If you had have asked me (pre-Covid), what a typical day of an embedded user interface (UI) developer looked like, I would have answered with something like standup meetings with my teammates, working with clients, developing at my desk, and testing UI applications on physical hardware in our lab. As we all know however, the world is no longer the same and those in-office days are on pause. Fortunately, I’ve been able to quickly pivot and continue working and developing from home, with little to no impact on my productivity or client deliverables with the following tools and techniques that we've created in this fun infographic for you to share.
5 min read
6 min read
We're fans over here at Crank of the Electronic Engineering Journal (EE Journal) so we jumped at the chance to be interviewed by Amelia Dalton on her Weekly Fish Fry podcast. In this week's episode, Jason Clarke, VP Sales & Marketing chatted with Amelia about the trends in embedded user interfaces (UIs), and challenges that teams typically face when it comes to the design and development of their device graphics, and how Crank came to be.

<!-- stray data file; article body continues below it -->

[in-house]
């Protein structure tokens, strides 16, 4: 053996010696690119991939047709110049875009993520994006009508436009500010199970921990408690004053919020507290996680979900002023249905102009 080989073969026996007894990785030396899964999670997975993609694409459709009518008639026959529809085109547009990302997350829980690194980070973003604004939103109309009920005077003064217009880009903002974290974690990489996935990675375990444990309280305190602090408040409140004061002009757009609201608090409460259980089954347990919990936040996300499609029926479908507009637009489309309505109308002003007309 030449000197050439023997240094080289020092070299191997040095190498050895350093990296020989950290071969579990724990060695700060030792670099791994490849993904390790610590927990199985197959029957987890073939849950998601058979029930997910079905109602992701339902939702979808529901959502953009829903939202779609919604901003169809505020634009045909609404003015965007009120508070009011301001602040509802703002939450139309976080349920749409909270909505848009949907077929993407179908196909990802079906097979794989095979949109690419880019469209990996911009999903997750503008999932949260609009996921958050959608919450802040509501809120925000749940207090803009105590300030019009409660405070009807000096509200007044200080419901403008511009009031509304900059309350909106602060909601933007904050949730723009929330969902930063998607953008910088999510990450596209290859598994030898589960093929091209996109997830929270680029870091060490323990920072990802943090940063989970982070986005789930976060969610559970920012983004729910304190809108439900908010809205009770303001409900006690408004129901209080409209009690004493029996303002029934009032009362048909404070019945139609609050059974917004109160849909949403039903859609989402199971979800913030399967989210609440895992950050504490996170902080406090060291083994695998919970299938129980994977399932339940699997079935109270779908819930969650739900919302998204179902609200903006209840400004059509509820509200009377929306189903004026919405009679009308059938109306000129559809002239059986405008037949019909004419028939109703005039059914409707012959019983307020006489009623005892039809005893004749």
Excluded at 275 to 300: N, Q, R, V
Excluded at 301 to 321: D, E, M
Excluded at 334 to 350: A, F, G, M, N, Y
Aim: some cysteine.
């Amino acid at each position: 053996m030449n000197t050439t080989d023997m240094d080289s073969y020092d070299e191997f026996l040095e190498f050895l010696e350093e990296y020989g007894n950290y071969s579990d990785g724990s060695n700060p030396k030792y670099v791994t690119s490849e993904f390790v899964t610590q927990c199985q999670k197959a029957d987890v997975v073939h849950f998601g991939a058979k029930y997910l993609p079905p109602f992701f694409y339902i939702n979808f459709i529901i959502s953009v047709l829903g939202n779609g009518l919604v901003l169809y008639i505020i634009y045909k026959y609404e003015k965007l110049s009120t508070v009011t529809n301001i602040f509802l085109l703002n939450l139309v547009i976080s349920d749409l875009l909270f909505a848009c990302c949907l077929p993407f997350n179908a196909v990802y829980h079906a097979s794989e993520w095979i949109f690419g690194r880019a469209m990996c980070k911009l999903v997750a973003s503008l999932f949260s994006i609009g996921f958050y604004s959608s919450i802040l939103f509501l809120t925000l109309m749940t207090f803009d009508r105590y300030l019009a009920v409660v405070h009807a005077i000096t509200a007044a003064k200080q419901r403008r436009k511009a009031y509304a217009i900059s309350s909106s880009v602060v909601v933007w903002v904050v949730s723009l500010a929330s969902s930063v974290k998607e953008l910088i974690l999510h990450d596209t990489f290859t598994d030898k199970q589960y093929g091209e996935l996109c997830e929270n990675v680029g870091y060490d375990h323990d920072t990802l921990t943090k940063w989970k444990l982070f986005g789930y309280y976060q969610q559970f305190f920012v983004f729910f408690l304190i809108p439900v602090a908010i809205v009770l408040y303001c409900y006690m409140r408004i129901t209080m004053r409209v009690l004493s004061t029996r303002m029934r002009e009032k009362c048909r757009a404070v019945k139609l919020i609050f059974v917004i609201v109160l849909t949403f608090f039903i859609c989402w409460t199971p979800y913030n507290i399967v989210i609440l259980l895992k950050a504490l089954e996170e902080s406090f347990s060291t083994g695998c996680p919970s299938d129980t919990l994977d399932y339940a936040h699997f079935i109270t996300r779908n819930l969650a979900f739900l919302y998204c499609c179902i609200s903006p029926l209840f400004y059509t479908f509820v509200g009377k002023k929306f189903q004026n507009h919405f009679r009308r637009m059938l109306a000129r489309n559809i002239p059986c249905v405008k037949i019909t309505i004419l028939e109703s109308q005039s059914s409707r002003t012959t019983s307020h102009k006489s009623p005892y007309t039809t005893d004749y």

Click to listen to the podcast or read the transcript underneath.
4 min read
Voice recognition technology continues to grow in both capacity and popularity. The original technology was rather primitive – you may remember struggling with it while attempting to navigate a business’s automated attendant trying to perform even the simplest tasks. Thanks to enhancements in speech recognition technologies and cloud-driven digital assistants from big players like Amazon, Apple, Google, and Microsoft, the state-of-the-art has come a long way. The current word error rate of a voice recognition engine is around five percent, which at this point is very nearly what humans achieve (four percent). We have made huge strides: by comparison, the lowest error rate 20 years ago for unconstrained speech was 43 percent. Highly stilted grammars are also a thing of the past; instead, we communicate with our devices using natural flowing speech.